How to Prepare for a Hurricane

By Ebony Porter, July 26, 2018, Family, Hurricane Prep

Recent storm history shows that hurricanes are becoming more and more frequent. Preparing for a storm ahead of time can dispel the stress that often accompanies hurricane warnings and mandatory evacuations. Don’t wait for that moment.

Take steps to prepare yourself, your family and your pets with these simple hurricane preparedness procedures.

How to Prepare for a Hurricane | Bounce Energy Blog

Know Your Hurricane Terminology

When internet, radio and television reports are providing up to date information, knowing the difference between a hurricane watch and a hurricane warning ensures you understand the facts.

A hurricane watch is when there are sustained winds at 74 mph and hurricane conditions are possible. These watches are issued 48 hours prior to the expected landfall of tropical force winds, where wind speeds range from 39 mph to 73 mph. This head start allows for you to secure loose outdoor items such as bikes, tools, and chairs, install storm shutters and clean up tree branches hanging too close to your house.

A hurricane warning, on the other hand, is when hurricane conditions are expected. A warning is issued 36 hours prior to the onset of high tropical force winds and allows you and your family to review your hurricane preparedness plan.

A storm surge watch is a term for those particularly close to the coast. Rising water moving inland from the shoreline can create a life-threatening situation. These warnings are given 48 hours in advance.

A voluntary evacuation encourages people living in a certain area to evacuate, but they are not required to do so.

A mandatory evacuation is when emergency management officials have placed an emphasis on leaving the area to retreat to higher ground. It’s important to heed these warnings as they are given to save lives and prevent dangerous living conditions in the aftermath of a storm.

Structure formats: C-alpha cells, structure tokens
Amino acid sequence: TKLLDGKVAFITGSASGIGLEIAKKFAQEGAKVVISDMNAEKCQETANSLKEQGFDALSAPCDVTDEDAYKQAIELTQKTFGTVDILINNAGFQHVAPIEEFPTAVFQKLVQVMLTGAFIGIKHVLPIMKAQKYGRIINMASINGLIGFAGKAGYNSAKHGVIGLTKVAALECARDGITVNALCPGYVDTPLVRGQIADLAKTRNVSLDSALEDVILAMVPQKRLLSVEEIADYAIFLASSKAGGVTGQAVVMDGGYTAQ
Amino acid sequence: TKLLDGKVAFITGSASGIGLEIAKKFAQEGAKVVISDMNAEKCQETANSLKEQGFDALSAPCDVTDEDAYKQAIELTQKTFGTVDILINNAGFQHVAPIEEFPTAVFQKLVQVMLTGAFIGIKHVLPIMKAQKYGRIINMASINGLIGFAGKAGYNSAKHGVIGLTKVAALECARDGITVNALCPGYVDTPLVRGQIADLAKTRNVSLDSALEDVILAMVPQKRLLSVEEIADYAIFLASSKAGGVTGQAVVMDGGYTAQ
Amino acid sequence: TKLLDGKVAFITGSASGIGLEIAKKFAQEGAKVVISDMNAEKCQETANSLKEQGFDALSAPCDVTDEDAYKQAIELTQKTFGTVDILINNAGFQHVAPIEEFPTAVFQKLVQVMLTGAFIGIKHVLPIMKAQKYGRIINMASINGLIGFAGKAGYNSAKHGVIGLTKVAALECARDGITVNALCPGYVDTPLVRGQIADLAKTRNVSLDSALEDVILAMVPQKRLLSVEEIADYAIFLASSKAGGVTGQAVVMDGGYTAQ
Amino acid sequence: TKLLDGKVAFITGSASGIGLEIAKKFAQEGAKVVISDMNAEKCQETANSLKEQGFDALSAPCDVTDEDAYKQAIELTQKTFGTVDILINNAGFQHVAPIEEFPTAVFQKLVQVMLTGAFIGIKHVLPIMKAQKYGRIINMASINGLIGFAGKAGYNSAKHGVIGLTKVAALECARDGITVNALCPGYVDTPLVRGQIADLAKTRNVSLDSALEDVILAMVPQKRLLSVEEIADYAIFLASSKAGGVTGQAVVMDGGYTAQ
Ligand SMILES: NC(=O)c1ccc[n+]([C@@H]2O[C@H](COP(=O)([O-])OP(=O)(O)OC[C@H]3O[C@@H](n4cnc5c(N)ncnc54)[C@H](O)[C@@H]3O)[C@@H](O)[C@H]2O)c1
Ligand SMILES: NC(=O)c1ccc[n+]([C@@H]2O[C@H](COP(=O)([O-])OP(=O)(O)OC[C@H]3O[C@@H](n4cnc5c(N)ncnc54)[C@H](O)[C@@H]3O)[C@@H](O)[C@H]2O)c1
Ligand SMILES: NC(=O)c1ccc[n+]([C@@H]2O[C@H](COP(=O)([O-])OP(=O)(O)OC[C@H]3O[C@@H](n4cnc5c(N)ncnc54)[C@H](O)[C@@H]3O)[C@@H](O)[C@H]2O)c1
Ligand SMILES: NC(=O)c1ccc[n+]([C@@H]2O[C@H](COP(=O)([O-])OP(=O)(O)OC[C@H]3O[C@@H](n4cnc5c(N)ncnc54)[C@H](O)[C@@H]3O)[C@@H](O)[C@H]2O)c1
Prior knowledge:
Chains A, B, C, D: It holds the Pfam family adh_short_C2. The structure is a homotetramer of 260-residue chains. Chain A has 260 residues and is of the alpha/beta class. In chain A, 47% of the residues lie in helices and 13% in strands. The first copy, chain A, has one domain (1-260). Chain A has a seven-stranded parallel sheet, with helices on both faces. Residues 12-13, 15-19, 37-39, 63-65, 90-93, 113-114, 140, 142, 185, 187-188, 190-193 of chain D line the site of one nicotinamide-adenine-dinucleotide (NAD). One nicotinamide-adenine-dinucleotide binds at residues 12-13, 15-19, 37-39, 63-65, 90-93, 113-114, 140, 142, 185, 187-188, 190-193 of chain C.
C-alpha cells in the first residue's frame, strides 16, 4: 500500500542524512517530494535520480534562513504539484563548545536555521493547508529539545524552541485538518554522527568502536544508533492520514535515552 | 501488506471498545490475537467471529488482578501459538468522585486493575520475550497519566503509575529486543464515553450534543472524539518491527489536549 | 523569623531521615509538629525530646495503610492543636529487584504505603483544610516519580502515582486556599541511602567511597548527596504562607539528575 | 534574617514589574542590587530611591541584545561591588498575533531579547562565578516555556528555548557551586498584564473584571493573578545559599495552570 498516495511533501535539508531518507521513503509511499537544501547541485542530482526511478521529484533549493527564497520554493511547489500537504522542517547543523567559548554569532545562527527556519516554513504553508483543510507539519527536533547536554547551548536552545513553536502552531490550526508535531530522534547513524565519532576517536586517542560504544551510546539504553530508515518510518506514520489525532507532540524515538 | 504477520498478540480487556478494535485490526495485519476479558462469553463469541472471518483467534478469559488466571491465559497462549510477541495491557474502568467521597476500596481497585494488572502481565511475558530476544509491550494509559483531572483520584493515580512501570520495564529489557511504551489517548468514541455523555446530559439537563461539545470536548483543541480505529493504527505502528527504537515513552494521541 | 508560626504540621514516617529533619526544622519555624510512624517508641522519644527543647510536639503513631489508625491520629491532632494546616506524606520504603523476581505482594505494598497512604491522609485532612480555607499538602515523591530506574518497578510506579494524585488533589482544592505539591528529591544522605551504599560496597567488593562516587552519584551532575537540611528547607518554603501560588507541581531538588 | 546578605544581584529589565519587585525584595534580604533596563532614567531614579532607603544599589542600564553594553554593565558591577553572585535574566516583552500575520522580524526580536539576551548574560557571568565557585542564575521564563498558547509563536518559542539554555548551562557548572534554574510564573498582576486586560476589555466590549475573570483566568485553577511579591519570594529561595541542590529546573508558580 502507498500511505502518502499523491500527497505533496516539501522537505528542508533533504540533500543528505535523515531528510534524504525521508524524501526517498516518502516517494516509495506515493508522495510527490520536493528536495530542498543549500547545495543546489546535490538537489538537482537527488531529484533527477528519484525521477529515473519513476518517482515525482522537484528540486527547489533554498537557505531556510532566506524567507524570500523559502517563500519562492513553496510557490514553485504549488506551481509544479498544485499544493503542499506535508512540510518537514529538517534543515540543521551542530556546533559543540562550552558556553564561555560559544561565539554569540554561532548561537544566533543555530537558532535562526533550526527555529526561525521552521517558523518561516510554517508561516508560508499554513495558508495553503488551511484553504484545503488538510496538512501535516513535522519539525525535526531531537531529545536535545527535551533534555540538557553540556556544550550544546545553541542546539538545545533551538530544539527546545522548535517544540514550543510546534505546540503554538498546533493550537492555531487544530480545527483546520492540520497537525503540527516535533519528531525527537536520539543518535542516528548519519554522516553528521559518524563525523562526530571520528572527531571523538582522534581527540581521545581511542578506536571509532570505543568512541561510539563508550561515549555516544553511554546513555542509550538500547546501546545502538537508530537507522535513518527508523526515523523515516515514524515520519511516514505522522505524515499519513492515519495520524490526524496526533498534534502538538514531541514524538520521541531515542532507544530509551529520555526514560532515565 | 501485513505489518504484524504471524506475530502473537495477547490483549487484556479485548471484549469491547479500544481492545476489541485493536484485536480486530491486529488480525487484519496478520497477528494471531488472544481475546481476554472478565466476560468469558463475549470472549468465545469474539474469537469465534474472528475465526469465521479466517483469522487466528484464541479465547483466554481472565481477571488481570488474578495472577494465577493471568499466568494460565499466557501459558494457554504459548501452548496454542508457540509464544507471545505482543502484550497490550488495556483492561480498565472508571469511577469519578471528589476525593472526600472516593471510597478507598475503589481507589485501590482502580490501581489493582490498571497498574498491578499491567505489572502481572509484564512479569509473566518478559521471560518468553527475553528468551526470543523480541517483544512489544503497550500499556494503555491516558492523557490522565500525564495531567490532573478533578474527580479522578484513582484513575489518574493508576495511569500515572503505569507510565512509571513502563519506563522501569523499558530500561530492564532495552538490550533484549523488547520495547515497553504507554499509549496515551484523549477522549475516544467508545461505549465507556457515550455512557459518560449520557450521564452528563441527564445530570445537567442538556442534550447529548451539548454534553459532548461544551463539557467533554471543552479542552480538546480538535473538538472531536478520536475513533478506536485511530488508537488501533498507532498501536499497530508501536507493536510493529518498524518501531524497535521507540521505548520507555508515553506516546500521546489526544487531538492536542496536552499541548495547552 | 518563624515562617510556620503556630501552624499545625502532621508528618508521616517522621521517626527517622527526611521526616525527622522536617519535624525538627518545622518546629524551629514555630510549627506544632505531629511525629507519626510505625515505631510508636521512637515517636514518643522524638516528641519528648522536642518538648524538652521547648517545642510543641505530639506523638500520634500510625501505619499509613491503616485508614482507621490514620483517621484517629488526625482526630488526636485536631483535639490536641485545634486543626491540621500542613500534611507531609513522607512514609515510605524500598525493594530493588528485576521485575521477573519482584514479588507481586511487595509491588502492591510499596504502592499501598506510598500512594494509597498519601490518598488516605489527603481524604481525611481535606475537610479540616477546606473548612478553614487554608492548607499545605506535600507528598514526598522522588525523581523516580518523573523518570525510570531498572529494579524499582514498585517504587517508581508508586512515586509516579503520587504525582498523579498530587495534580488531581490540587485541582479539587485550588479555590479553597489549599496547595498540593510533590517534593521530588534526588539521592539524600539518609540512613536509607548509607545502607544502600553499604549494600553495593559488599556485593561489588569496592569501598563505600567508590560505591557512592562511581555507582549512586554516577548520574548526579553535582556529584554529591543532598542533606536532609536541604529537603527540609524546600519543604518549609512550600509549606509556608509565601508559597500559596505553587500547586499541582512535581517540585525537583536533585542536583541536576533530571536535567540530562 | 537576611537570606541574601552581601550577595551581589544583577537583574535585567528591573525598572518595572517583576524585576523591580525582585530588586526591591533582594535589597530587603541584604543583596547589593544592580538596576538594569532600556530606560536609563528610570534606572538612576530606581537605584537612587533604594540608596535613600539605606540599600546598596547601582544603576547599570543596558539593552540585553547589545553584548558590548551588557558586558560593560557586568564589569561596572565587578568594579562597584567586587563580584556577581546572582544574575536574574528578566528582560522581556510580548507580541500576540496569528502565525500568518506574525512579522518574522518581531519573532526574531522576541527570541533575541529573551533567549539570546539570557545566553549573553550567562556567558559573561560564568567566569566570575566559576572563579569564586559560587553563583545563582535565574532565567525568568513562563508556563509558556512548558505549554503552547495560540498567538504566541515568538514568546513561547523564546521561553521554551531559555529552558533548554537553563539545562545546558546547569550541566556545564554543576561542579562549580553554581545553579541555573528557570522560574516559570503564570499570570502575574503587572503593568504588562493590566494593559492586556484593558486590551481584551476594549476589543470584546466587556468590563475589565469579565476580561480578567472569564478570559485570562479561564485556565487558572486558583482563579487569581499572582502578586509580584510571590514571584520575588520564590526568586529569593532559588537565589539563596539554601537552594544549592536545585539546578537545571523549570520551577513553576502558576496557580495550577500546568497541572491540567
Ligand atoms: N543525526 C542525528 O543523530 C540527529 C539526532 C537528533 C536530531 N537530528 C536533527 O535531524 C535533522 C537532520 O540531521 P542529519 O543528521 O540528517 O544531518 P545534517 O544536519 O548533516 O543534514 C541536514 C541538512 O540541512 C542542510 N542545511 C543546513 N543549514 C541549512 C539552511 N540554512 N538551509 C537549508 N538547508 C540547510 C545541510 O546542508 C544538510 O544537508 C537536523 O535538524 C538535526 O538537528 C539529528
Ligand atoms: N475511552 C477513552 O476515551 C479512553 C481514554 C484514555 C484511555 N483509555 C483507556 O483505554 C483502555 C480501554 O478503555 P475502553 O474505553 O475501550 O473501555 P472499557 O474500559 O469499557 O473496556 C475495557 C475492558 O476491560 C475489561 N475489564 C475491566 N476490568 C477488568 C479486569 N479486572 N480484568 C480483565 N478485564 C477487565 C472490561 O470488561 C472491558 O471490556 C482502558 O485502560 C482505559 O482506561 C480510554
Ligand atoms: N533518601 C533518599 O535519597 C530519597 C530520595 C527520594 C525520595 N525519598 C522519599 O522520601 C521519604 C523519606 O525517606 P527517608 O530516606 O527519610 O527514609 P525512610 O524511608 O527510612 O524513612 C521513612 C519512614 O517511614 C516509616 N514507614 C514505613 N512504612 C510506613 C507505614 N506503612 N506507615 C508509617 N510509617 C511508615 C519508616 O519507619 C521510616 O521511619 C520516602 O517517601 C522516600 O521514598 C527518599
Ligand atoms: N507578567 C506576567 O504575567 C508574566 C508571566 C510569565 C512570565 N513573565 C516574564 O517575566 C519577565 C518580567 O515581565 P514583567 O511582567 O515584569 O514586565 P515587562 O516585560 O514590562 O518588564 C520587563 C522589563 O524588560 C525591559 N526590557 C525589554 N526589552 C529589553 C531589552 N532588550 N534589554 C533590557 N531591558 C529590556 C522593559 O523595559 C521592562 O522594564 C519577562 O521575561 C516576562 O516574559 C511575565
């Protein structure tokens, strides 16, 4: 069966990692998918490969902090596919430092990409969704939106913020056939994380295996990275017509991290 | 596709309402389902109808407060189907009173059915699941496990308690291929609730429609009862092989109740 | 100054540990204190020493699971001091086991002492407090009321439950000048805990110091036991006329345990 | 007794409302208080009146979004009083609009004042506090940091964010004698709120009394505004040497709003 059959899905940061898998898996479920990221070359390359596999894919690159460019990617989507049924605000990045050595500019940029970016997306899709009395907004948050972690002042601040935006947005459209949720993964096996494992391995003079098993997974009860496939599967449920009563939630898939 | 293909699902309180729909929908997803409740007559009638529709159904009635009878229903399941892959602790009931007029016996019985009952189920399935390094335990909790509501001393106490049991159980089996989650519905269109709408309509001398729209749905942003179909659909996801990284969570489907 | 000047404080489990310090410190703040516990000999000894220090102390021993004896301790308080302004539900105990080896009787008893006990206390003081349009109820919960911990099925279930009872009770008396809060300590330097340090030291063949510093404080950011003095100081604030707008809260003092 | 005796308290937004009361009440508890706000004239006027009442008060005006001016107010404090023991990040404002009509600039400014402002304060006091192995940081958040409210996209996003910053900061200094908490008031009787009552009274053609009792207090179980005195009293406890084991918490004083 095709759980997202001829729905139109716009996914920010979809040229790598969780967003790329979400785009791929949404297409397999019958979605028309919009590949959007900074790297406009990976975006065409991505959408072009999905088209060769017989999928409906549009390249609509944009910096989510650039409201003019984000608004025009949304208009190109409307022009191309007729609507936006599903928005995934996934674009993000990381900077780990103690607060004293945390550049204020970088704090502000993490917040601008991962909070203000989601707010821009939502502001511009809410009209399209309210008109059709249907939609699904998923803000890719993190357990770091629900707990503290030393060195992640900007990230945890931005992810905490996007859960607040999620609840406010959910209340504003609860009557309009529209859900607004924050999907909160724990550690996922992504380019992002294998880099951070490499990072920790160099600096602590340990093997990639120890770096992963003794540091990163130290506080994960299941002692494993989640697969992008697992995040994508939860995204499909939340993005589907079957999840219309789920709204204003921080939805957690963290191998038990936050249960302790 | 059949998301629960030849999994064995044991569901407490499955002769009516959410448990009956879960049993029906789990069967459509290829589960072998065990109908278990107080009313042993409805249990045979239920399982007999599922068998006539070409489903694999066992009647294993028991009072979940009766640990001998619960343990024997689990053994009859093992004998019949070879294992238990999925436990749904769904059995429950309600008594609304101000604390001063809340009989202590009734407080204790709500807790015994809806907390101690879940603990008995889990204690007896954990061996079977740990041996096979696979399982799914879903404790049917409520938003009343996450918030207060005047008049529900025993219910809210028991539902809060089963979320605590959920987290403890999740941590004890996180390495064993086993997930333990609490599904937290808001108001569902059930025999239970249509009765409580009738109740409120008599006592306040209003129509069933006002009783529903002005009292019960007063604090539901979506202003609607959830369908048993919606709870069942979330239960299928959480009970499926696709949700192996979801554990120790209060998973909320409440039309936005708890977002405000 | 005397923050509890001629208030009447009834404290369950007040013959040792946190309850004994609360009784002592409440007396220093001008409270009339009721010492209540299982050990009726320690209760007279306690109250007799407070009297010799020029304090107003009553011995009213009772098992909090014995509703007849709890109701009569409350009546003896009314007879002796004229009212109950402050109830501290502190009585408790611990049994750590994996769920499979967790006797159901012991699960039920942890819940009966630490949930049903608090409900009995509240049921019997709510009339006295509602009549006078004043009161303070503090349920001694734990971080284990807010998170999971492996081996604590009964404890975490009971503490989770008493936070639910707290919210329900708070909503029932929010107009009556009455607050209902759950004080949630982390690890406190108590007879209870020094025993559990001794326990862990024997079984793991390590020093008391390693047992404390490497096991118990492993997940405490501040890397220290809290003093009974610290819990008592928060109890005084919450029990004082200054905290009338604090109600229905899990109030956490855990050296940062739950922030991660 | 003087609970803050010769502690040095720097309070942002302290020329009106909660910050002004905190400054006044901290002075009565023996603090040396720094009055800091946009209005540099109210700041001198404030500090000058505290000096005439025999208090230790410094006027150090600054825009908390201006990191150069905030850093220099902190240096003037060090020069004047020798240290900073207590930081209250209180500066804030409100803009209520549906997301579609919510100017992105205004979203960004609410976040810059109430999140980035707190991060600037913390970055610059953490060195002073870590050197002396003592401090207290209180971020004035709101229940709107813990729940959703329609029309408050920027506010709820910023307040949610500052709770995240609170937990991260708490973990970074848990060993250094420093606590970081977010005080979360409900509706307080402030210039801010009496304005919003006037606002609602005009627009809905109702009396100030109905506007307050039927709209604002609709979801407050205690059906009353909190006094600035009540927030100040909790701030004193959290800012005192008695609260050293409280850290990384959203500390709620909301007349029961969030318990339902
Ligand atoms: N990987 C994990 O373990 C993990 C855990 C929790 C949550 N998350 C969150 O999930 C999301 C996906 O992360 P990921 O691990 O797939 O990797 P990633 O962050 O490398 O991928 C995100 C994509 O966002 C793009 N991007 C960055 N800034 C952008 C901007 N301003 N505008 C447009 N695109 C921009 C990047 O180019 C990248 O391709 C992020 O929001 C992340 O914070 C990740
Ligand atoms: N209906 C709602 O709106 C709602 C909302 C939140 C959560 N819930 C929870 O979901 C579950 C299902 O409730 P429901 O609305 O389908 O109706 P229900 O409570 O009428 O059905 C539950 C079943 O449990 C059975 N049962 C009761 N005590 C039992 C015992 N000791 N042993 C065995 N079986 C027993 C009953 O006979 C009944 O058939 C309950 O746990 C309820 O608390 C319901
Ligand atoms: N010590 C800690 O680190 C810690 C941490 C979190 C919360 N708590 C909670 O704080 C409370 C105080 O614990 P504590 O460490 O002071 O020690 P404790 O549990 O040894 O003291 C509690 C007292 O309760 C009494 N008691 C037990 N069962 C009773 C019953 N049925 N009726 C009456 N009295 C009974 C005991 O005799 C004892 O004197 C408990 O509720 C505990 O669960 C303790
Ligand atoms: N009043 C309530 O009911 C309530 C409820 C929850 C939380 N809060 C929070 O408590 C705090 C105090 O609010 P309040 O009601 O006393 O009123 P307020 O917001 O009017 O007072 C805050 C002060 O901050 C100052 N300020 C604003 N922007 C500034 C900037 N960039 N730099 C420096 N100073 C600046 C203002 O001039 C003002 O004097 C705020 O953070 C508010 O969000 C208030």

Hurricane Preparedness Kit

Assemble a basic kit that includes everyday necessities and is small enough to transport should you become displaced. Consider a backpack for ease of carrying. Your kit should also support family members who have minor illnesses or experience other unexpected traumas.

Your kit should include at minimum:

  • Water  one gallon per person for at least 3 days, used for drinking and sanitation
  • Food – Include non-perishables such as peanut butter, canned beans, canned pastas, nuts, and energy bars. This should last for three to seven days for each person and pet.
  • First Aid Kit – stock up on fever-reducing medications as well as bandages
  • Flashlight and radio– pack extra batteries or consider a hand crank radio
  • Cash – small bills including coins
  • Cell phone and ziplock bag– pack your charger and ideally a backup battery
  • Prescription medications – enough to last 7 days
  • Wipes and bags for personal sanitation
  • Identification for you and those with you
  • Manual can opener

If evacuating by car, consider these additional items that should last you for three to five days:

  • Cash, water, canned food and a first aid kit in a waterproof box. Each person (and pet) should have one gallon of water per day and enough for five days.
  • Full tank of gas, plus an additional full gas tank
  • Car charger for cell phone
  • Maps
  • Jumper cables
  • Glasses and contact solution
  • Infant formula with bottles, diapers, wipes and medications for baby
  • Important documents such as birth certificates, marriage licenses, passports, medical information, financial documents and insurance cards. Put them in large Ziploc bags to keep them dry.
  • Toilet paper
  • Water proof shoes for each family member
  • Sleeping bag for each family member
  • Fill out and carry an “in case of emergency” (ICE) card for each member of the family with emergency numbers for family, friends and public services. ICE Cards are available for download from the American Red Cross.
  • A “Go-Bag” for each individual that includes clothes, toiletries, and a variation of the above supplies.
  • Photographs. Also remember to catalog your possessions with a digital camera of some sort and upload these images or video to a photo-sharing account online. That way, if anything is lost, your insurance will have an easier time of replacing them.